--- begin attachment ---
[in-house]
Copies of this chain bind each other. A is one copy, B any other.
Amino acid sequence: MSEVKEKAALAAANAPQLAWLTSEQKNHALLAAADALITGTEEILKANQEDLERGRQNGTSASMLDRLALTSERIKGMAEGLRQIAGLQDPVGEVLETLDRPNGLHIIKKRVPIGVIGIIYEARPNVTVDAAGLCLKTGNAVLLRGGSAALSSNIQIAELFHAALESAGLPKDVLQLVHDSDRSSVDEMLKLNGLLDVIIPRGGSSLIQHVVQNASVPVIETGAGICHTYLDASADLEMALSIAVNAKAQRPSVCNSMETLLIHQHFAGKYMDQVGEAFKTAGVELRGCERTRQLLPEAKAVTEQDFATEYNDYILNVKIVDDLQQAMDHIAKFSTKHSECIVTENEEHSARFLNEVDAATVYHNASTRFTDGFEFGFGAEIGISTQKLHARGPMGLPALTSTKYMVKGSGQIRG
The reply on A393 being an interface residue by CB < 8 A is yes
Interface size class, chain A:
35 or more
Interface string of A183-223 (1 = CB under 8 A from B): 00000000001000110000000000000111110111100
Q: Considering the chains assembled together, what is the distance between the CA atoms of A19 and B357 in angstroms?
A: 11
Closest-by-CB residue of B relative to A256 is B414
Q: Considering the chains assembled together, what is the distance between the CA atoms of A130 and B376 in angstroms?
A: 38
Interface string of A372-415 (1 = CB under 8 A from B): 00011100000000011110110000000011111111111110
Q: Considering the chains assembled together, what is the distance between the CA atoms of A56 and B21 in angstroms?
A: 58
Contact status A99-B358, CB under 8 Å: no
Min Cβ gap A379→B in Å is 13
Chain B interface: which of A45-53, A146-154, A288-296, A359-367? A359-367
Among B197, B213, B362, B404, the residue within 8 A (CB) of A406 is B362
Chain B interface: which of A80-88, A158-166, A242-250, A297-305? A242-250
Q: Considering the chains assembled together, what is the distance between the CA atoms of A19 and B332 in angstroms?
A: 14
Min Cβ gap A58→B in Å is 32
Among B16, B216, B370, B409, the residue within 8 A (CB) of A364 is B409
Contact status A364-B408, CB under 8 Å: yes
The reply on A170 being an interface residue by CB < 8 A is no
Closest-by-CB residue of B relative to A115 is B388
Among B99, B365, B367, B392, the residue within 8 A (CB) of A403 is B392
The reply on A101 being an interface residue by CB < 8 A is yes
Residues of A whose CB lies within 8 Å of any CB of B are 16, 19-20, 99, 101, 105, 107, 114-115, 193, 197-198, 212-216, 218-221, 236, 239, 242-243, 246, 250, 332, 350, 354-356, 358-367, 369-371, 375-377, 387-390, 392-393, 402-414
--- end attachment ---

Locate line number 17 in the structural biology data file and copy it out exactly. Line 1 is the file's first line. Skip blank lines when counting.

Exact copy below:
Min Cβ gap A379→B in Å is 13